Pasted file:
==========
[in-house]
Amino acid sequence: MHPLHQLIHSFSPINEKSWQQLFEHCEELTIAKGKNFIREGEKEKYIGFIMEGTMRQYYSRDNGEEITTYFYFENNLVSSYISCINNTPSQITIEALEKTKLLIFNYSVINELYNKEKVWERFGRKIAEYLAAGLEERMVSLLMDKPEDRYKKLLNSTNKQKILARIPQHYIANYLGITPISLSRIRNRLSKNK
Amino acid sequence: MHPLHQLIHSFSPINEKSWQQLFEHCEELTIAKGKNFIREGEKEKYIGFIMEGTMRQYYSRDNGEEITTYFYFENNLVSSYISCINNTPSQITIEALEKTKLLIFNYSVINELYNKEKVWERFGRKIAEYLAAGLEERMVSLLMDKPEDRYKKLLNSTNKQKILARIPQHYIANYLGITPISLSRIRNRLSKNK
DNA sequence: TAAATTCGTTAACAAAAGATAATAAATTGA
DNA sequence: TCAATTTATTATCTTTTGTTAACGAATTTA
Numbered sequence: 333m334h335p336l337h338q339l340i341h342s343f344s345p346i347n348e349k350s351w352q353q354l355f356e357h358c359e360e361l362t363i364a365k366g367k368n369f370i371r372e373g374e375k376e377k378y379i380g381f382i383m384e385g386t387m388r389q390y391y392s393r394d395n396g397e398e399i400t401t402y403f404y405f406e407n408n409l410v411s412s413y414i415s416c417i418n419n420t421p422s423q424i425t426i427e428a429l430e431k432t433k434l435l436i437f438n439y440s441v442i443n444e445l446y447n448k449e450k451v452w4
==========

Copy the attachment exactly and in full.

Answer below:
[in-house]
Amino acid sequence: MHPLHQLIHSFSPINEKSWQQLFEHCEELTIAKGKNFIREGEKEKYIGFIMEGTMRQYYSRDNGEEITTYFYFENNLVSSYISCINNTPSQITIEALEKTKLLIFNYSVINELYNKEKVWERFGRKIAEYLAAGLEERMVSLLMDKPEDRYKKLLNSTNKQKILARIPQHYIANYLGITPISLSRIRNRLSKNK
Amino acid sequence: MHPLHQLIHSFSPINEKSWQQLFEHCEELTIAKGKNFIREGEKEKYIGFIMEGTMRQYYSRDNGEEITTYFYFENNLVSSYISCINNTPSQITIEALEKTKLLIFNYSVINELYNKEKVWERFGRKIAEYLAAGLEERMVSLLMDKPEDRYKKLLNSTNKQKILARIPQHYIANYLGITPISLSRIRNRLSKNK
DNA sequence: TAAATTCGTTAACAAAAGATAATAAATTGA
DNA sequence: TCAATTTATTATCTTTTGTTAACGAATTTA
Numbered sequence: 333m334h335p336l337h338q339l340i341h342s343f344s345p346i347n348e349k350s351w352q353q354l355f356e357h358c359e360e361l362t363i364a365k366g367k368n369f370i371r372e373g374e375k376e377k378y379i380g381f382i383m384e385g386t387m388r389q390y391y392s393r394d395n396g397e398e399i400t401t402y403f404y405f406e407n408n409l410v411s412s413y414i415s416c417i418n419n420t421p422s423q424i425t426i427e428a429l430e431k432t433k434l435l436i437f438n439y440s441v442i443n444e445l446y447n448k449e450k451v452w4